Guide to Doing a Resection with a Total Station
Good Resection Setup with Well Distributed Control Points

Guide to Doing a Resection with a Total Station

What is the Resection Programme on a Total Station?

The Resection programme found on nearly all Total Stations, like the Leica TCRP1205 Robotic Total Station, allow immense flexibility on where the Total Station can be positioned for ease of setting out or surveying.  It is one of the most used features of a modern Total Station.  This programme allows the setting up of a Total Station in an unknown location by triangulating its position from at least two known points.

Guidelines for using the Resection Programme on a Total Station.

To help you to get the most out of using the Resection for setting the position of the Total Station, I have written the following rules, or guidance, for the effective use and how to avoid the pitfalls that can scupper the setting out or surveying task being undertaken.

  • Use a Methodical numbering system for your Resections.
  • Always use 3 or more control points for the Resection.
  • Don’t use small angles for Resections.
  • Try to use control points that give a 90degree angle for the total station.
  • Use control points outside of the work area to mitigate errors.

Use a Methodical Numbering System to Identify the Free Stations.

This will help you identify your resection setups or free-station setups easily when looking through data at a later point.  Nearly all the setups I do these days are with the resection programme and I always follow the same naming system.  All my resection station names have my initials, the date and a letter suffix.  For the setup I have done in the picture below the Station ID is ID (my initials) 071019 (Date DDMMYY) A (First Resection of the Day).

Resection Naming Convention
This is the Naming Convention I Use for Free-Station Setups with a Total Station.

I always record the instrument height as 0.000m.  This helps me identify it as a free-station or a resection setup.  This is not necessary but the height of instrument above the ground is usually of little importance to me when using the total station from a free-station or resection setup.  However, recording the height of the instrument would indicate whether the operator had set the total station possibly too high or too low for use.

Always use three or more known points for calculating the resection with the total station.

When setting up a Total Station in an unknown location (that is a position that the Easting, Northing and Elevation are not accurately available) we need to have at least two accurately known points (Easting, Northing and Elevation) so that we can triangulate the position of the Total Station.  However, the resultant position of the Total station may not be as accurate as the results would lead us to believe.  With only two known points being used it is entirely possible to achieve a position but if there is any error with the known points or selecting the points the wrong way round the true position of the total station may well be inaccurate.  It is vitally important that a 3rd known point is used when doing a resection with a total station as this will often reveal a gross error.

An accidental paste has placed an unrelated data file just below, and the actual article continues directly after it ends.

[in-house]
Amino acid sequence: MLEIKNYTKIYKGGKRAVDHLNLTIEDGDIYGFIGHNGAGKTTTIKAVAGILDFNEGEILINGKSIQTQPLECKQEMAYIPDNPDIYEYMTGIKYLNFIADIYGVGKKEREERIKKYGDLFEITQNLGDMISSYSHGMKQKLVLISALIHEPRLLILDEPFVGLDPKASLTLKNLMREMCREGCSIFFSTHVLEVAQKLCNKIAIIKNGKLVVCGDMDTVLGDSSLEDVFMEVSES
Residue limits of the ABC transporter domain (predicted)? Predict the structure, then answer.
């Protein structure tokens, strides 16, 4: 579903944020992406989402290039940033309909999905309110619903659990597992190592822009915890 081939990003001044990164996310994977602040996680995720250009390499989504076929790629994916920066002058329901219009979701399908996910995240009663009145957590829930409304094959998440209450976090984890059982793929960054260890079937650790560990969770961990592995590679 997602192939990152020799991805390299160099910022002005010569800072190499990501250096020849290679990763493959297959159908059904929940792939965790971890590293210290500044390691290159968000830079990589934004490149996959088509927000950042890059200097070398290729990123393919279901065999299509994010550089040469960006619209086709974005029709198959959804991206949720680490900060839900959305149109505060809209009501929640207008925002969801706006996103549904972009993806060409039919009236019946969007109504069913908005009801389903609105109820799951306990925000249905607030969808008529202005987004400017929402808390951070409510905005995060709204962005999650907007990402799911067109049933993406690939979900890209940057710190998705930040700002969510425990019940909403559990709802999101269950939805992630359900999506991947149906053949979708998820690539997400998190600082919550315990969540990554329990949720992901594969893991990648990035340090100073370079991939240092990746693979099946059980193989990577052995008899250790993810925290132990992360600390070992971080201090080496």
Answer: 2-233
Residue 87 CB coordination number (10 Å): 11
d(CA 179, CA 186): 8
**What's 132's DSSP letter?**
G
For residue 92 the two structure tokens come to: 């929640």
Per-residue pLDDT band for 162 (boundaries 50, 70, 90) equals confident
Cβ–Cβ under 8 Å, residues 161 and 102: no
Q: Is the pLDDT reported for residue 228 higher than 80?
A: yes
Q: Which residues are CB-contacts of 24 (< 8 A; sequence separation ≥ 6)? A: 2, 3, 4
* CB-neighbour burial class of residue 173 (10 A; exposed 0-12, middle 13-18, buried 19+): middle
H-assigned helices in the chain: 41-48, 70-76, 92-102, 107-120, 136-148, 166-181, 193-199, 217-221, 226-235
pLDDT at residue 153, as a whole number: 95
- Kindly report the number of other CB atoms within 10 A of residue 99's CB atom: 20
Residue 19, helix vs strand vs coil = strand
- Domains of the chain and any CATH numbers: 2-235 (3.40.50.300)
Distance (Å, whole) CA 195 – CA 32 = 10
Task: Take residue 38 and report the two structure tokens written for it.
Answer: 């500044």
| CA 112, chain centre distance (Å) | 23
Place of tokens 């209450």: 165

Always try to have a right angle in the free station setup.

If you have a small angle between the known points, when viewed from the total station, any error that might be present in the readings taken could result in a large error for the position of the total station.  This is especially true when only two known points are visible.  This problem is also true for angles seen at close to 180degrees, again when viewed from the total station.


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Why you shouldn’t have small angles for resections.

The best way to prove that small angles for resections can lead to large errors is by way of example.  I have purposefully done a resection twice with small angles and a third time with more control stations used to provide a more robust resection.  During these three resections, the total station has not been moved, so in theory the results (Easting, Northing and Elevation) should all be the same. I have also only used retro targets for setting the free-station or resection. So the targets that have been used have not moved during the three resections and I have not had to setup prism stations several times. This will remove any error from either holding the detail pole or setting the prism stations during this experiment. This way I can show the potential errors from using small angles for resections.

The first setup of the total station, I have used a station ID of ID 081019A and have used two control points that are close together that have a small angle when viewed from the Total Station. In the image below you can see what I mean by a small angle.